HER2+ breast cancers may benefit from short-course trastuzumab
A study trialling a short course of trastuzumab in HER2 positive breast cancer patients showed that it is as effective and cheaper than a longer course…
Women with HER2-positive early breast cancer with small tumours have similar disease-free survival and lower risk of cardiac toxicity with a nine-week course of adjuvant trastuzumab compared to those treated for one year, according to a subgroup analysis of the Short-HER trial.
A second study showed that a six-month course of adjuvant trastuzumab was cost-effective compared to 12 months, with an average cost saving of nearly £10,000 per patient.
Current guidelines recommend one year of anti-HER2 antibody therapy as part of standard adjuvant treatment for HER2-positive early breast cancer patients based on the duration of treatment used in pivotal registration trials. There is interest in whether a shorter course of trastuzumab could potentially achieve similar efficacy with lower risk of side-effects and costs.
The Short-HER trial randomised 1254 HER2-positive early breast cancer patients to either nine weeks or one year’s treatment with trastuzumab, with both groups also receiving chemotherapy. Results after a median of six years’ follow-up showed the short course did not achieve non-inferiority but was associated with a reduction in the rate of severe cardiac toxicity.
The researchers have now analysed whether there are subgroups of patients where a shorter course of trastuzumab may be non-inferior to a longer course. Multivariate analysis showed that pathologic tumour size (pT) and nodal status (N) were independent prognostic factors for disease-free survival (DFS).
They identified three prognostic groups:
- low risk (pathologic tumour size [pT] < 2cm and N0), accounting for 37.5 percent of patients
- intermediate risk (pT < 2cm and any N category), accounting for 51.9 percent
- high risk (pT > 2cm and N4+), accounting for 10.5% of the patient population.
Results showed that patients with low and intermediate risk had similar five-year DFS with a nine-week course of trastuzumab (88 percent) as with one year (89 percent) but their risk of cardiac events was nearly three times lower (4.5 percent vs 12.8 percent). Women at low and intermediate risk of relapse accounted for 89 percent of patients in the study.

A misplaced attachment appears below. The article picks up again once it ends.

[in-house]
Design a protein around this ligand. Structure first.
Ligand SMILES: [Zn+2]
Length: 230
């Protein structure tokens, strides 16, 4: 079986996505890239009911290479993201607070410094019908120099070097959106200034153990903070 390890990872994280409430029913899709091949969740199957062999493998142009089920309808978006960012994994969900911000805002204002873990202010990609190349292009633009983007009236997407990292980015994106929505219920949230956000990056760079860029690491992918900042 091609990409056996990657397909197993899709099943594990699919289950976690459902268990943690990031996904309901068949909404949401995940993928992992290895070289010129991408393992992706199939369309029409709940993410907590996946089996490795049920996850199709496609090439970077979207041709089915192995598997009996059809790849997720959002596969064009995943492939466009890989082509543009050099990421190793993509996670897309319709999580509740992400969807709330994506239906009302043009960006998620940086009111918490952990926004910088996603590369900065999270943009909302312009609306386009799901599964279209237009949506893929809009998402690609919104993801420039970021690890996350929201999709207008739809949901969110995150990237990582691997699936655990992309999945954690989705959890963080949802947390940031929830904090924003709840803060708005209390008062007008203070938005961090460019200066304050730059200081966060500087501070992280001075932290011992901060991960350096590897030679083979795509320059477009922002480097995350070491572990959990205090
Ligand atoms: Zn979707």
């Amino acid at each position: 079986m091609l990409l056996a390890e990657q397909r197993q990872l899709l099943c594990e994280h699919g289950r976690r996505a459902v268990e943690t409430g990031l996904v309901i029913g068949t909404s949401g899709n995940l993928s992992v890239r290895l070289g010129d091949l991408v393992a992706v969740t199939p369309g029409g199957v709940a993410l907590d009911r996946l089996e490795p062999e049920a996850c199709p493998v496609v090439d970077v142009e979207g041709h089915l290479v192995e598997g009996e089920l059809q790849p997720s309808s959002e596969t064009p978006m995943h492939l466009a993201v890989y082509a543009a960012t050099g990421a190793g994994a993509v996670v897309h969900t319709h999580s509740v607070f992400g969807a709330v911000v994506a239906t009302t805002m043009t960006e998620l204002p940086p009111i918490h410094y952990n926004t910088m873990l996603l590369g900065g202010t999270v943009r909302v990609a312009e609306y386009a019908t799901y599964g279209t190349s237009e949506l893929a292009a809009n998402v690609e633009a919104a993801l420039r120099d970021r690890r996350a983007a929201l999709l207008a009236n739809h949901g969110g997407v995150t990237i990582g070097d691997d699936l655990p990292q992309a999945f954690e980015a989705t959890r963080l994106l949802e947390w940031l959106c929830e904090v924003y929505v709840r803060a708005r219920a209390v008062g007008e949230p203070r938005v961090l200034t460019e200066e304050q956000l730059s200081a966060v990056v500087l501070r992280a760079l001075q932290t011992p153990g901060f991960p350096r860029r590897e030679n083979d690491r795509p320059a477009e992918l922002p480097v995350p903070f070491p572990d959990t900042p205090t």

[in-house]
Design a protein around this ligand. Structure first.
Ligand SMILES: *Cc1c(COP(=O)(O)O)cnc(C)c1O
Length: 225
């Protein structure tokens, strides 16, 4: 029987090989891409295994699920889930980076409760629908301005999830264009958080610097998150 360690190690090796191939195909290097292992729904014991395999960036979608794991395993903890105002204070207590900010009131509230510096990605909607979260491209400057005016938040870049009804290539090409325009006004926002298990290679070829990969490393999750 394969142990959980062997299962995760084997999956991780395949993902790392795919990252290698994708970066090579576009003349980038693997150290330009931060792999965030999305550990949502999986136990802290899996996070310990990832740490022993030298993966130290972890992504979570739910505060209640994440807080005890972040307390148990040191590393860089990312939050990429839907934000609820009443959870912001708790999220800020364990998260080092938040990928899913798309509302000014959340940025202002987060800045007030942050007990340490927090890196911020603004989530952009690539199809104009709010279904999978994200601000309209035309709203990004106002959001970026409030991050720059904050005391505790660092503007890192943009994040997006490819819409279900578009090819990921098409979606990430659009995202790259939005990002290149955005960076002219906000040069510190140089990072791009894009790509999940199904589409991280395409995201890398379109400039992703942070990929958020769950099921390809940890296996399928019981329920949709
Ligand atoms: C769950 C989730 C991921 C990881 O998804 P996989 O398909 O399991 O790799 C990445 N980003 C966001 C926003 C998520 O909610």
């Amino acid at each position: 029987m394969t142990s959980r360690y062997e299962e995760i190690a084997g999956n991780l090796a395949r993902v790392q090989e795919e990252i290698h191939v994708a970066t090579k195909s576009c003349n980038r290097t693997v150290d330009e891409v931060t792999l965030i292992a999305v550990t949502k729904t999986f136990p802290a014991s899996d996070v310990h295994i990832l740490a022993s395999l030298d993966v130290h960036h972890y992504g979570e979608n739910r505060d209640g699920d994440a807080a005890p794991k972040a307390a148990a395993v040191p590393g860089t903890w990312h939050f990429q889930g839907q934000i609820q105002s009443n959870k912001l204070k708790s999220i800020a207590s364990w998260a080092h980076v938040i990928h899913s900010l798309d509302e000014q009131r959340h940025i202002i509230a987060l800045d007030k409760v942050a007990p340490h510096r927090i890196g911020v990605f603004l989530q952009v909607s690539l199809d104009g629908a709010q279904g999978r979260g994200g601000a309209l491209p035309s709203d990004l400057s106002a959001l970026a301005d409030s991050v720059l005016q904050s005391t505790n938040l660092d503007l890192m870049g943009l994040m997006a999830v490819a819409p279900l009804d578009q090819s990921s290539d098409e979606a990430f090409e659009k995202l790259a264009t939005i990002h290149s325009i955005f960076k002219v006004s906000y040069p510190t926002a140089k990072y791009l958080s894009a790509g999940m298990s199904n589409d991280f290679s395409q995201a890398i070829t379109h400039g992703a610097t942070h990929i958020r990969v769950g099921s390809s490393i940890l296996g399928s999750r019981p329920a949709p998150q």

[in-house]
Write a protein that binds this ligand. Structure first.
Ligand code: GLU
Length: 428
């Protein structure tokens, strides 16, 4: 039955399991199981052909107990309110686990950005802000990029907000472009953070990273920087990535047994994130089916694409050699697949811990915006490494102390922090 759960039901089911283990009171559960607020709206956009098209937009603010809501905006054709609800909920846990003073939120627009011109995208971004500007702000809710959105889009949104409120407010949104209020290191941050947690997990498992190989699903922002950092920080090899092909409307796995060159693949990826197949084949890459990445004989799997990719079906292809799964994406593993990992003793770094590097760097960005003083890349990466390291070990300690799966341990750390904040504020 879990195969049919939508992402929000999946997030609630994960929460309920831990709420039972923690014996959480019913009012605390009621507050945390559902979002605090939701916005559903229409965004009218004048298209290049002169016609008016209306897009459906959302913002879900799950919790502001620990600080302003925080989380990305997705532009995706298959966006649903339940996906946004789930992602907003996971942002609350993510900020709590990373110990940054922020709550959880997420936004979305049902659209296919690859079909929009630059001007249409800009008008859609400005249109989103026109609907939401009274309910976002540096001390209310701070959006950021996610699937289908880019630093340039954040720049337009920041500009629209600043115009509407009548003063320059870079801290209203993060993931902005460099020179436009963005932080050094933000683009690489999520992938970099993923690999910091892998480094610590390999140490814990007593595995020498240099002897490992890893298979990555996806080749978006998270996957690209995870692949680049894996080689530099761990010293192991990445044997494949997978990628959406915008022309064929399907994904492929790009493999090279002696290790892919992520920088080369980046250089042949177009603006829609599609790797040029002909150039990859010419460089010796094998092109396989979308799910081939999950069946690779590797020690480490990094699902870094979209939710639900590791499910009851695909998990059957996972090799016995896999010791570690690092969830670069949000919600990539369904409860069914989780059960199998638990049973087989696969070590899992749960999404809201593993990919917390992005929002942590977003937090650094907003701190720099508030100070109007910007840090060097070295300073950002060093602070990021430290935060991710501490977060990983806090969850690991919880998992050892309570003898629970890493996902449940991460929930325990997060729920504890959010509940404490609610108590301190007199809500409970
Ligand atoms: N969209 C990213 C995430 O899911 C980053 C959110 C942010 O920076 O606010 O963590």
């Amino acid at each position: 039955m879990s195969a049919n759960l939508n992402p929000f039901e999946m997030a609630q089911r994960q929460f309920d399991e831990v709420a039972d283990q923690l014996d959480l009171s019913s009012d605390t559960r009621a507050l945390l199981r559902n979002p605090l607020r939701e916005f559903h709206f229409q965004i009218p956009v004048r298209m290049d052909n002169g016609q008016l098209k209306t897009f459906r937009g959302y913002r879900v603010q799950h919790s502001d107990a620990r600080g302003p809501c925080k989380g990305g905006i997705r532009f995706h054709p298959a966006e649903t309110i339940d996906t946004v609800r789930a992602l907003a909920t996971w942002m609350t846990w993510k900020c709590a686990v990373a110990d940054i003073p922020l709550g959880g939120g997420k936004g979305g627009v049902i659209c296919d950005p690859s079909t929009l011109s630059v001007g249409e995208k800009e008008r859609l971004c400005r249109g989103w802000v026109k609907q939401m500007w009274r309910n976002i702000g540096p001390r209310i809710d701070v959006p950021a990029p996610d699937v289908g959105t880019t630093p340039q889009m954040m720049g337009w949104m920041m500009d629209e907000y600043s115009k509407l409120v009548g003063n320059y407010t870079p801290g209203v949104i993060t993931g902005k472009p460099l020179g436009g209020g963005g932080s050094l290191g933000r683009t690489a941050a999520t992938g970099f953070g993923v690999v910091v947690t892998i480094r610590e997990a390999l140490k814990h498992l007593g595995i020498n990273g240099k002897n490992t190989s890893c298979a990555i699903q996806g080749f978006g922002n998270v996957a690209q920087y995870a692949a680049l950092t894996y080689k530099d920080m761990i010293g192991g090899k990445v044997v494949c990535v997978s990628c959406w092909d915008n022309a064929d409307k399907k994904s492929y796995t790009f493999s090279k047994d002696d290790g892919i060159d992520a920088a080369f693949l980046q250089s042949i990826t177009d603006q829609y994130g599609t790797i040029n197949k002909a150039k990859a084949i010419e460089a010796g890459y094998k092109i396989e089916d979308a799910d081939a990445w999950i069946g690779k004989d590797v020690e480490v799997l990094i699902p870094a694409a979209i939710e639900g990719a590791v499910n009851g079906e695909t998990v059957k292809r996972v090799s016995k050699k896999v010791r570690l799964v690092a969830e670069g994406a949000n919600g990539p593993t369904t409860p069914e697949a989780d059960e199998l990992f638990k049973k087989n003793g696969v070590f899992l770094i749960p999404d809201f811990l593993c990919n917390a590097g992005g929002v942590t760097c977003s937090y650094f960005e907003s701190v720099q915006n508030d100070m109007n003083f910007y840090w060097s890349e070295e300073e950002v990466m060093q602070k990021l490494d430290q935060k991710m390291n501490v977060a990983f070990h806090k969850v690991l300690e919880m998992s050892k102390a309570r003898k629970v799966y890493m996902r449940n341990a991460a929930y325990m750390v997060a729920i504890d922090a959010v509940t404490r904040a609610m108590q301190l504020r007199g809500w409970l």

“The study was underpowered because of difficulties in recruiting patients in a reasonable time so non-inferiority could not be claimed based on the results,” said lead author Dr Pierfranco Conte, Professor of Oncology at the University of Padua and Director of the Division of Medical Oncology at the Instituto Oncologico Veneto, Padua, Italy. He added: “Based on our data, one year trastuzumab remains the standard treatment for women with HER2-positive early breast cancer,”
Dr Conte also said: “Physicians can stop trastuzumab before one year in patients who develop a cardiac event during treatment without compromising efficacy and can consider shorter-duration trastuzumab treatment in patients at risk of cardiac toxicity and a low or intermediate risk of breast cancer relapse.” He suggested that consideration of shorter-duration trastuzumab may also facilitate access to patients who cannot afford a longer course.
Commenting on the study, Professor Nadia Harbeck, Head of the Breast Centre, University of Munich, said: “The results of this analysis showed that patients with a high tumour load definitely derive substantial benefit from longer duration trastuzumab.”
She added: “The results may impact on clinical decision-making, although it is an exploratory analysis of a negative trial so does not meet the criteria to be practice changing. I think it will influence clinicians and patients in that if patients cannot complete one year of trastuzumab, those patients with low tumour burden can feel reassured that they have not lost out on efficacy.”